We retrofit, assemble, screw, install, test, repair and maintain smallest and wide-bodied aircraft such as the Airbus A380. "We" are a crew consisting of aircraft mechanics, aircraft electricians, saddlers, aircraft inspectors (Certifying Staff) as well as NDT inspectors. Together we are known as Mobile Aircraft Maintenance Crew (MAMC).
The ARTS MAMC is uniquely composed and a highly qualified team. Initially, our work was limited to structural assembly, mechanical and electrical equipment and repair work on the aircraft - but we quickly gained customer confidence and the project requirements went beyond the daily routine. Our crew got new colleagues on board and extended their know-how. In the meantime, retrofitting, non-destructive testing and the refurbishment of entire aircraft cabins have become part of our business area. I am also very proud of the fact that we have our own factory workshop in order to be able to outsource partial tasks, such as modification of aircraft seats or cutting aircraft cabin carpets.
Nevertheless, we are often on the road and long journeys are a regular part of our work - but our crew appreciates this independence of location. We are a multicultural team - in total we speak five languages, but we communicate with each other in English. The English exchange is an absolute must for team and customer communication because most service bulletins for aircraft are written in English.
Depending on the order, we may be larger or smaller groups. As Customer Program Manager, I usually travel to the service location in advance, in order to be able to plan the deployment with the most efficient amount of manpower and equipment. Our ordered projects often must be completed ad hoc, which means keeping calm for me, but still quickly organising the crew's journey, including the delivery of our tools.
As part of a C-check or other maintenance work, we reinforced the 16 passenger doors of some Lufthansa and Air France A380 aircraft at several customers, such as the MRO company Elbe Flugzeugwerke Dresden, for example. This is no easy task, and requires the highest levels of precision and compliance with all regulations. First, the door is removed from the A380 and placed in a jig. We then remove the door insulation and dismantle the cover plates, the mechanics and the seals. Once the door has been stripped, we remove the old structure on the doors and our NDT8 inspector, certified according to EN 4179 L2, carries out the Special Detailed Inspection (SDI) using High- frequency eddy current (HFEC). If the detailed inspection of the doors is carried out without any abnormalities, we continue with the cold deformation of the structural components (flap peening/cold working) - in the process we re-shape the surfaces and thus remove the symptoms of fatigue from the structural components. Finally, the reinforcement parts, provided by Airbus, are laid onto the doors and provisionally attached using fixation pins, all fasteners and reinforcing components are mounted. After approval from quality assurance, we finally install the cover plates, the mechanics, the seals, the door components and the door insulation.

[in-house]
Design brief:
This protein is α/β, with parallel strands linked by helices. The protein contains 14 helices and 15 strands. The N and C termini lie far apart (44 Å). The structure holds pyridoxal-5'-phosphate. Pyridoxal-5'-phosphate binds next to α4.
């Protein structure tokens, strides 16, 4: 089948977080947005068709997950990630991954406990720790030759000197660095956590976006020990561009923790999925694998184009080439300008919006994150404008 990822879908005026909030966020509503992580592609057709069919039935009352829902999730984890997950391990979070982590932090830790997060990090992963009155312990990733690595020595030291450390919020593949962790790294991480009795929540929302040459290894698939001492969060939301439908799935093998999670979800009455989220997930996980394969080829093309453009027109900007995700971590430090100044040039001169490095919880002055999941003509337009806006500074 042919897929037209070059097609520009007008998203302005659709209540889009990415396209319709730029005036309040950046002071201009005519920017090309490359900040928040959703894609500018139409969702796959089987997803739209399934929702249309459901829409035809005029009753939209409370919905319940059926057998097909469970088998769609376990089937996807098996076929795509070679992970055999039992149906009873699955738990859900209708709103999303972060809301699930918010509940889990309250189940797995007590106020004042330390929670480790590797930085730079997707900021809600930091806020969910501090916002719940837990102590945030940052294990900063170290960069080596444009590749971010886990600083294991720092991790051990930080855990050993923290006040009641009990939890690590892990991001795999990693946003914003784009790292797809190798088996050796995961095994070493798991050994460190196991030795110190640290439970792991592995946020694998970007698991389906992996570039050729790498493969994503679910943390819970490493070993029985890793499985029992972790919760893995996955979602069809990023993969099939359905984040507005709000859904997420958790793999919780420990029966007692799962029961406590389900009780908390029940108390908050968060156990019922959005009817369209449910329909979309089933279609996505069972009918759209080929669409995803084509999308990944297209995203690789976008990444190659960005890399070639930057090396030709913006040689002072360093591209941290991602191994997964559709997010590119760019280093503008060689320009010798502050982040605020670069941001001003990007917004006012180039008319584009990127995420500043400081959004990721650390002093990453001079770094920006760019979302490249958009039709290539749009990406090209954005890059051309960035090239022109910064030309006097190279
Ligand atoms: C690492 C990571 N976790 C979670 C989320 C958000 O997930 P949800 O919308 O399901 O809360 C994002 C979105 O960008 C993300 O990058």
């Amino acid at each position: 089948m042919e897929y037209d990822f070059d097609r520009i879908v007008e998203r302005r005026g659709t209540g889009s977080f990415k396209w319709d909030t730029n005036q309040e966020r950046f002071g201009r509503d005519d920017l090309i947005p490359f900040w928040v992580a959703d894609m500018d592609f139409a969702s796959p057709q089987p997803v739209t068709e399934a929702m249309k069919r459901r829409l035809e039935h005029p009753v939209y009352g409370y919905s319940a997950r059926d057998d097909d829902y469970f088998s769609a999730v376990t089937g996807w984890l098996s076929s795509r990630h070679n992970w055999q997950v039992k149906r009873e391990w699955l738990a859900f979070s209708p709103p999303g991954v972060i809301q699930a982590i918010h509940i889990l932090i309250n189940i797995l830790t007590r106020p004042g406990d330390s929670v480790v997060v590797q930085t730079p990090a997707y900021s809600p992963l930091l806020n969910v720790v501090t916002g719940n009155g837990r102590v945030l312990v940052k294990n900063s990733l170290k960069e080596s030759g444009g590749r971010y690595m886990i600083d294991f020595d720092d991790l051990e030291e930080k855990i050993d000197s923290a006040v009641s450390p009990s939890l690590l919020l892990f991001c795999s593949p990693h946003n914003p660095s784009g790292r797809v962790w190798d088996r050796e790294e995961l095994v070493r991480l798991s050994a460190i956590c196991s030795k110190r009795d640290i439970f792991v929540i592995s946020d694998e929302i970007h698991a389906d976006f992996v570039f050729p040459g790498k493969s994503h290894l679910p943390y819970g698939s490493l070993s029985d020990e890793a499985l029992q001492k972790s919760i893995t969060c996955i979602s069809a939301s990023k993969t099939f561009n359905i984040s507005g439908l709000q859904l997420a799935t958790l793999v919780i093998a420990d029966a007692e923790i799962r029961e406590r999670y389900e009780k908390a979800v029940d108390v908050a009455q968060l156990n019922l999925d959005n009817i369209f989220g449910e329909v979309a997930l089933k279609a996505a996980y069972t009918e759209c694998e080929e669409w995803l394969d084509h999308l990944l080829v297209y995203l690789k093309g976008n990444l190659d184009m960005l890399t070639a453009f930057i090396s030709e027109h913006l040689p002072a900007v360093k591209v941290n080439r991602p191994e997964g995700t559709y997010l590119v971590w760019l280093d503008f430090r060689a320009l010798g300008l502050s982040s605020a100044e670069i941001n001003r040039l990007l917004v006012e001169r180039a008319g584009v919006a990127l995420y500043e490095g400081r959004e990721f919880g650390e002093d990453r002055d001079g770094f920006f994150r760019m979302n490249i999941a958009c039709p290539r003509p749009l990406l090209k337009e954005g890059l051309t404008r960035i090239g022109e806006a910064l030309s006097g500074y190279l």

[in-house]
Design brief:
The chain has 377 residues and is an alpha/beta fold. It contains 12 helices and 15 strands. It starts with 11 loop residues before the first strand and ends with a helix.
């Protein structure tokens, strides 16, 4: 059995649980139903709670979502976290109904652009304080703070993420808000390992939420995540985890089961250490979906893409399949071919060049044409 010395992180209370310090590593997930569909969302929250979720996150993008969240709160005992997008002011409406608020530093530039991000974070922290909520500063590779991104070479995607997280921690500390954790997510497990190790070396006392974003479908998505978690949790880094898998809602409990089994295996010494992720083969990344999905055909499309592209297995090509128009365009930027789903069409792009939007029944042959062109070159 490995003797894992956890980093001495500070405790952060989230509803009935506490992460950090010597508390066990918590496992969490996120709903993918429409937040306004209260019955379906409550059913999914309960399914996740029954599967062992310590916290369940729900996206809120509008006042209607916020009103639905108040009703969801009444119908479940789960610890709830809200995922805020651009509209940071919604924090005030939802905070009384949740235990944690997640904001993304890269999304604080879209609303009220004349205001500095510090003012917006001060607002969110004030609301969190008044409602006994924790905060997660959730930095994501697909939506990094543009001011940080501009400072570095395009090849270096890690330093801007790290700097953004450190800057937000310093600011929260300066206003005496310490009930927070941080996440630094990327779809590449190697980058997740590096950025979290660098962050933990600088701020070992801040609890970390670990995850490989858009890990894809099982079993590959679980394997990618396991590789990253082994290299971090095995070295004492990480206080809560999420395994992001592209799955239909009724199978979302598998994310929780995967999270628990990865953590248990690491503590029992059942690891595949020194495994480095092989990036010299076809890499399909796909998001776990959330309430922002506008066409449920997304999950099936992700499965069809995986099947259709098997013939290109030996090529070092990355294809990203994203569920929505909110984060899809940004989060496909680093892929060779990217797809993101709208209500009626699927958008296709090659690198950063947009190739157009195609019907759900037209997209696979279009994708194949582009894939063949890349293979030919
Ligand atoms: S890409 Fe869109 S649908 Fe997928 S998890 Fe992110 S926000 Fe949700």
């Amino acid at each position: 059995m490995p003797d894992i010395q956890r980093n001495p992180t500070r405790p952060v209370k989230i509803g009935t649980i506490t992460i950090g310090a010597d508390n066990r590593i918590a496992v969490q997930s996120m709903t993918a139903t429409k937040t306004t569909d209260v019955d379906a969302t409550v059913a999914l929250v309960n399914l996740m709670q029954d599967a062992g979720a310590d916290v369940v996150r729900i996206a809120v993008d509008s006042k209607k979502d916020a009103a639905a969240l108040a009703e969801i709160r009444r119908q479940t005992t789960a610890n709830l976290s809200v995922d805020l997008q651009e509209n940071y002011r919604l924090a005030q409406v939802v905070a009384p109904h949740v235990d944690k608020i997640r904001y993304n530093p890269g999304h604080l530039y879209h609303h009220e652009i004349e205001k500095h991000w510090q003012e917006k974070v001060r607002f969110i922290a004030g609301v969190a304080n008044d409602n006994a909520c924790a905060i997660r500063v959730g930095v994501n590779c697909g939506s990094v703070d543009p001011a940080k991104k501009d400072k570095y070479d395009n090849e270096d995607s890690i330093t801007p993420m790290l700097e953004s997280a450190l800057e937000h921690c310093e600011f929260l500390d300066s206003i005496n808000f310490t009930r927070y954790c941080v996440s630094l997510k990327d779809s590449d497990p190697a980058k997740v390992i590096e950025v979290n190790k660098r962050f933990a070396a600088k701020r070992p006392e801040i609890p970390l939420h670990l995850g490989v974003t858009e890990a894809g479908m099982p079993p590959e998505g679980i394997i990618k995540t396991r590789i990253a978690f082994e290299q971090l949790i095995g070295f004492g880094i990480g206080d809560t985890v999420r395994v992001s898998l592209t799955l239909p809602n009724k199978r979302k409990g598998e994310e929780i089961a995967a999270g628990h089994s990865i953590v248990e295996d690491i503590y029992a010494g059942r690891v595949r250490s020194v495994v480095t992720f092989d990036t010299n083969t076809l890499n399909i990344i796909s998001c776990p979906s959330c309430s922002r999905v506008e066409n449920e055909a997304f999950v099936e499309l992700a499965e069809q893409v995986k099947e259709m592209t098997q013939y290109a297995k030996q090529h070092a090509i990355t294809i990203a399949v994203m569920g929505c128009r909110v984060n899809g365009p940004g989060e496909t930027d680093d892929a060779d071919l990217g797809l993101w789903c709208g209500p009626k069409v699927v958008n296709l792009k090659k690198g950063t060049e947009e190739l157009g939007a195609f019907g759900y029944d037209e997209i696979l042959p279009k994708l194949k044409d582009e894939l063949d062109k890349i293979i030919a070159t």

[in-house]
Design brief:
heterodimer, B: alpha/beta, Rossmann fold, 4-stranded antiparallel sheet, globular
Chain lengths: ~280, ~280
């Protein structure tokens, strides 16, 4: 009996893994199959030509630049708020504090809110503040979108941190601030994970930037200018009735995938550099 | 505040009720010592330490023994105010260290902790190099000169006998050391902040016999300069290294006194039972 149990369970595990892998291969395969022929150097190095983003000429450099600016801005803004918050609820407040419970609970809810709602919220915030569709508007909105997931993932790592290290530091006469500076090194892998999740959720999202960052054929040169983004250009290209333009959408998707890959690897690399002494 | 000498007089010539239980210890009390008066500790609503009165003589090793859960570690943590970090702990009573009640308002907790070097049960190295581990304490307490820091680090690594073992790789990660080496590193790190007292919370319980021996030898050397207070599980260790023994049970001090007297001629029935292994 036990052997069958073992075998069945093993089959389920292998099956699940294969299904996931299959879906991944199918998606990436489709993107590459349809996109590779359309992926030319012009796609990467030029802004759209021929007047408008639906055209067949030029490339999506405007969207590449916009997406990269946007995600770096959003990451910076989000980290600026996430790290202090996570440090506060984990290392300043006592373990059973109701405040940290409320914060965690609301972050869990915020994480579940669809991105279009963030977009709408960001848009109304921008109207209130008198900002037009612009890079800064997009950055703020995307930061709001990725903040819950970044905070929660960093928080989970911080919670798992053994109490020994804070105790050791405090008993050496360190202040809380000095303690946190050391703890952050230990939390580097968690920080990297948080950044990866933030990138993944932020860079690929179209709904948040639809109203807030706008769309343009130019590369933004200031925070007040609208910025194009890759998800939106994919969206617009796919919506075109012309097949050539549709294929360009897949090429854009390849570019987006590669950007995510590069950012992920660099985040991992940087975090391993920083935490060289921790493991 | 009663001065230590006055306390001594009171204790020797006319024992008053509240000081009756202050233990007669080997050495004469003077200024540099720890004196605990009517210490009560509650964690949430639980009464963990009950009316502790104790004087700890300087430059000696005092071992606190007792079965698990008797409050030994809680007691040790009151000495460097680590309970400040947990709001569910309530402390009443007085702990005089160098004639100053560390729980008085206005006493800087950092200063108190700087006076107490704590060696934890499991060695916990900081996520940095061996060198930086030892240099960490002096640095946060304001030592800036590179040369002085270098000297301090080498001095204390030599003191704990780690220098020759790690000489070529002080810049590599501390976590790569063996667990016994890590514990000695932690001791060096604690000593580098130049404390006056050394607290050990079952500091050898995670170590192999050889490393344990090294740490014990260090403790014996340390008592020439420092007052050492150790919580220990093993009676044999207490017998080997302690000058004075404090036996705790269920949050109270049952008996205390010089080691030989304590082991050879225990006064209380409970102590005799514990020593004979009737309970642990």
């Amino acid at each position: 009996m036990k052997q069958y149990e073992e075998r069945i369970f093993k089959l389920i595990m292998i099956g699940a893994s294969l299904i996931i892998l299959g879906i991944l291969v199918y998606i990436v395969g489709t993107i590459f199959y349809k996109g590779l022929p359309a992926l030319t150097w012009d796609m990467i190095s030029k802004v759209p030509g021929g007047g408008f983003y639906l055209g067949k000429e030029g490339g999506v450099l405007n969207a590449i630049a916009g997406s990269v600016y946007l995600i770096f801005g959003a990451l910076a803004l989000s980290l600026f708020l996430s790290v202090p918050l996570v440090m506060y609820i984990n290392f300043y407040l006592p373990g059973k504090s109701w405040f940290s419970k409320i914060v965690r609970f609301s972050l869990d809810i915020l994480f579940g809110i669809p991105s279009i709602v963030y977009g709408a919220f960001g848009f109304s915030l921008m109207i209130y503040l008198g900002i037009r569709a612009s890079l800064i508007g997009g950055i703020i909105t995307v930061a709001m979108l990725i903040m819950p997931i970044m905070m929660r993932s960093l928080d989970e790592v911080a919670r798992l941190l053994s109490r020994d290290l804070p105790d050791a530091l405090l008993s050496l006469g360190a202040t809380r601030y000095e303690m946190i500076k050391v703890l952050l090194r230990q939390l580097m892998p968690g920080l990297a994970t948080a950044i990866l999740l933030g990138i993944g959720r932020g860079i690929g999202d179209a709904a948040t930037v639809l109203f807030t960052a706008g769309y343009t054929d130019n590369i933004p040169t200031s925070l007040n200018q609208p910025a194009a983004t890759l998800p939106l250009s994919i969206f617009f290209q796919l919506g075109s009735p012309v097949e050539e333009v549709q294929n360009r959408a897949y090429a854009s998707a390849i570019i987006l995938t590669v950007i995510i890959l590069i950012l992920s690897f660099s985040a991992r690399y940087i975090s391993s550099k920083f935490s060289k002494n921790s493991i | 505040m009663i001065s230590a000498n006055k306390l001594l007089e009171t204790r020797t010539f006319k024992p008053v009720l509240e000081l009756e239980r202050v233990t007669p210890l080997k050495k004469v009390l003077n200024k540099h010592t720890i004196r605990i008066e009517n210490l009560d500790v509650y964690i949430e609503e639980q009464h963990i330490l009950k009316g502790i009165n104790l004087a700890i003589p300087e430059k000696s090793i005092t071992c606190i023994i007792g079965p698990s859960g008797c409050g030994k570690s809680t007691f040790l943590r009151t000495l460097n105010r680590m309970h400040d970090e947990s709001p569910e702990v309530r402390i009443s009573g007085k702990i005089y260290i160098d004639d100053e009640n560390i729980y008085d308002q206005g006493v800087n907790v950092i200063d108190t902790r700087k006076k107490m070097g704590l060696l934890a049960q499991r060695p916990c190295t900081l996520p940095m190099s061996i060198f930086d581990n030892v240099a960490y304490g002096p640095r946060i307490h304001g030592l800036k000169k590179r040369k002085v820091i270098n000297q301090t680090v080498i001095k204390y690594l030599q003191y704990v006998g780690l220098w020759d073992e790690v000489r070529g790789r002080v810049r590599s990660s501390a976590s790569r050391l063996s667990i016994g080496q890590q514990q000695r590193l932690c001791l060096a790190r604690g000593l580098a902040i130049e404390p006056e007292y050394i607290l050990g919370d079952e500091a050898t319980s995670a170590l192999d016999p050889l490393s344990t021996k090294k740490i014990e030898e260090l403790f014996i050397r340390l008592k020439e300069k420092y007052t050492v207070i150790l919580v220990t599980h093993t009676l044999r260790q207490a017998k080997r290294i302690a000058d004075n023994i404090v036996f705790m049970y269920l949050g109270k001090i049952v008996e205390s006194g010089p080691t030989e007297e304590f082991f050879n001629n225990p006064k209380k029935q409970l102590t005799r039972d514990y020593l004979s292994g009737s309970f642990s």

In the meantime, retrofitting, non-destructive testing and the refurbishment of entire aircraft cabins have become part of our business area.
For a trouble-shooting of an ATR42-300 of the Buddha Air-Airline we travelled to Kathmandu. The aircraft had come to a standstill on the ground of the Kathmandu airport in Nepal for an unknown reason. Already during the travel preparations one of our Certifying Staff (CAT B2) checked the aircraft documentation to get a picture of the situation on site. As a specialist for ATR aircraft he travelled to Kathmandu with some MAMC colleagues to support the trouble-shooting on site. In Kathmandu, numerous measures were taken to identify the cause. However, after multiple tests on electrical lines, the source of the fault remained hidden. For this reason, the team of experts decided to replace some parts and equipment of the aircraft and to test others for functionality in order to find and eliminate the cause of the fault. After almost a week of root cause research, numerous tests and renewals, the team was able to identify and correct the cause. Together with the ATR expert on site, a final and successful flight test was carried out and our crew was able to travel home. But of course a highlight was not to be missed: Our customer Buddah Airlines was especially satisfied with our reaction time when finding a solution and wanted to thank us in particular: at the end of the project we enjoyed a mountain flight and saw the Everest mountains in a unique panorama.
For prototypes of the Pilatus PC 24 and Airbus 220 we examined the wing and the fuselage for our customer iABG in a non destructive test and examined them for damages (cracks, fractures etc.). However, before our five Non Destructive Testing (NDT) inspectors could go to work, our aircraft mechanics dismantled the wing into its structural parts. In iABG's testing laboratory, specific structural inspections and analyses had to be carried out using non-destructive testing methods - among other things, we tested for cracks; even microscopically small defects are noticeable to us through eddy current testing. We were also able to detect defects in the metallic components with the aid of ultrasonic testing, because we determined the size and position of the defects by measuring the transit time of the ultrasonic echo. Subsequently, we prepared extensive documentation for iABG on all anomalies. The task was a real challenge because we had to put our foot down in only 3.5 months and complete the work.